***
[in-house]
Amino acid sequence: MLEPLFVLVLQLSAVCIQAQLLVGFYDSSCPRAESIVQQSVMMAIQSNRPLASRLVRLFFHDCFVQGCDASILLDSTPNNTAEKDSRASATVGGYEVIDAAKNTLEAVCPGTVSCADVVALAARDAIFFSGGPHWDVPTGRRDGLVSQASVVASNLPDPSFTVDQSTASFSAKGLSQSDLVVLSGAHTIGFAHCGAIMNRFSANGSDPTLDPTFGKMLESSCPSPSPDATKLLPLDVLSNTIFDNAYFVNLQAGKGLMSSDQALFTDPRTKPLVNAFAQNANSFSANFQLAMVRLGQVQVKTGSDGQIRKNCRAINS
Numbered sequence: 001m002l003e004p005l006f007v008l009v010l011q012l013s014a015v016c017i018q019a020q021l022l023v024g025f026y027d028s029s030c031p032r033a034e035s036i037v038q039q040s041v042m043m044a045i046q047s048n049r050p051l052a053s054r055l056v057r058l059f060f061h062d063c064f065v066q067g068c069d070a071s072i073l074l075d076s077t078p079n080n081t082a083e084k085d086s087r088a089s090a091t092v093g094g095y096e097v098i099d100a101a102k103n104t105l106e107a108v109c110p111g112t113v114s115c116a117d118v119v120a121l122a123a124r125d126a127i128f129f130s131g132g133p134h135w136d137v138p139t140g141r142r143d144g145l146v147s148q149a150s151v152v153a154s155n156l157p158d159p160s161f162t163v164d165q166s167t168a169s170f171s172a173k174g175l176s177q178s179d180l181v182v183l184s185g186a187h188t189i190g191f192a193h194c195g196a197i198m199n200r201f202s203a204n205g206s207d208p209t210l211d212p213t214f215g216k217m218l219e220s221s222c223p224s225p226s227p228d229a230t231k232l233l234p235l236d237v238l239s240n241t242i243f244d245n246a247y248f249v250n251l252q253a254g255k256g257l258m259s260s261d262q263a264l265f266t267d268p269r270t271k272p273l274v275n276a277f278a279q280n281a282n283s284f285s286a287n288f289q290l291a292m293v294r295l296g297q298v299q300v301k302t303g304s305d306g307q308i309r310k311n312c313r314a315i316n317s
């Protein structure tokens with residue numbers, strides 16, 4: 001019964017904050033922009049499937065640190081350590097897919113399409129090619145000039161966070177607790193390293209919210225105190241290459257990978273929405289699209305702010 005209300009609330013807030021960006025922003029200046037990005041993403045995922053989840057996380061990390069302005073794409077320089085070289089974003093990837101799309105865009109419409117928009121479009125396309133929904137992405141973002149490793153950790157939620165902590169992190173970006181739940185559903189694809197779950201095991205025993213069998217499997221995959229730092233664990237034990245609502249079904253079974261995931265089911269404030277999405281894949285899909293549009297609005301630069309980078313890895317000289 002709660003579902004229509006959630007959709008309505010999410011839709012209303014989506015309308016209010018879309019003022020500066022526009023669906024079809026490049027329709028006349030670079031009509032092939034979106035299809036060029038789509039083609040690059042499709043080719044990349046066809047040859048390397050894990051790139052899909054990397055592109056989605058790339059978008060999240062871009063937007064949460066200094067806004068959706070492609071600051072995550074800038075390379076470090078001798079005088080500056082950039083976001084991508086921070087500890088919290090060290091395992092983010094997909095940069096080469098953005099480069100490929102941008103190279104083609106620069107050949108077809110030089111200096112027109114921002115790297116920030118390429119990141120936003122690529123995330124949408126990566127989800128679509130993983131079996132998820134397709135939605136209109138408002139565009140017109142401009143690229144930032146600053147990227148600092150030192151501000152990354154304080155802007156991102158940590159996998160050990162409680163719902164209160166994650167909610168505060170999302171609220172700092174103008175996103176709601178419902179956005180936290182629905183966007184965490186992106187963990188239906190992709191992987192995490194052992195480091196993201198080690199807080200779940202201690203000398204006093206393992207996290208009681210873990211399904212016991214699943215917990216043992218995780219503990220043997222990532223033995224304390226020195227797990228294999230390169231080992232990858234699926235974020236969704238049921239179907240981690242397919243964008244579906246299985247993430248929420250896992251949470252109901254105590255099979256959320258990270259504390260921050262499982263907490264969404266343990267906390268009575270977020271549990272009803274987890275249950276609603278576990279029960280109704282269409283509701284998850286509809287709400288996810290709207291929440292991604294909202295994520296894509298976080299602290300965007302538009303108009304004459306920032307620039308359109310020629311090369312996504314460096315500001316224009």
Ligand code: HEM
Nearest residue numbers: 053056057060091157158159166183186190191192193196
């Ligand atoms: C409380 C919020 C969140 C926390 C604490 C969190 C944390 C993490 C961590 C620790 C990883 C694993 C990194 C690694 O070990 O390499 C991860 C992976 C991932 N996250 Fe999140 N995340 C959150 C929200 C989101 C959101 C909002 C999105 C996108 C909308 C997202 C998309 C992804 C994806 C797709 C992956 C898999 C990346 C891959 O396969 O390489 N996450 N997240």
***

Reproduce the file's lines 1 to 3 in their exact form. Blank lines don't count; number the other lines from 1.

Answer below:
[in-house]
Amino acid sequence: MLEPLFVLVLQLSAVCIQAQLLVGFYDSSCPRAESIVQQSVMMAIQSNRPLASRLVRLFFHDCFVQGCDASILLDSTPNNTAEKDSRASATVGGYEVIDAAKNTLEAVCPGTVSCADVVALAARDAIFFSGGPHWDVPTGRRDGLVSQASVVASNLPDPSFTVDQSTASFSAKGLSQSDLVVLSGAHTIGFAHCGAIMNRFSANGSDPTLDPTFGKMLESSCPSPSPDATKLLPLDVLSNTIFDNAYFVNLQAGKGLMSSDQALFTDPRTKPLVNAFAQNANSFSANFQLAMVRLGQVQVKTGSDGQIRKNCRAINS
Numbered sequence: 001m002l003e004p005l006f007v008l009v010l011q012l013s014a015v016c017i018q019a020q021l022l023v024g025f026y027d028s029s030c031p032r033a034e035s036i037v038q039q040s041v042m043m044a045i046q047s048n049r050p051l052a053s054r055l056v057r058l059f060f061h062d063c064f065v066q067g068c069d070a071s072i073l074l075d076s077t078p079n080n081t082a083e084k085d086s087r088a089s090a091t092v093g094g095y096e097v098i099d100a101a102k103n104t105l106e107a108v109c110p111g112t113v114s115c116a117d118v119v120a121l122a123a124r125d126a127i128f129f130s131g132g133p134h135w136d137v138p139t140g141r142r143d144g145l146v147s148q149a150s151v152v153a154s155n156l157p158d159p160s161f162t163v164d165q166s167t168a169s170f171s172a173k174g175l176s177q178s179d180l181v182v183l184s185g186a187h188t189i190g191f192a193h194c195g196a197i198m199n200r201f202s203a204n205g206s207d208p209t210l211d212p213t214f215g216k217m218l219e220s221s222c223p224s225p226s227p228d229a230t231k232l233l234p235l236d237v238l239s240n241t242i243f244d245n246a247y248f249v250n251l252q253a254g255k256g257l258m259s260s261d262q263a264l265f266t267d268p269r270t271k272p273l274v275n276a277f278a279q280n281a282n283s284f285s286a287n288f289q290l291a292m293v294r295l296g297q298v299q300v301k302t303g304s305d306g307q308i309r310k311n312c313r314a315i316n317s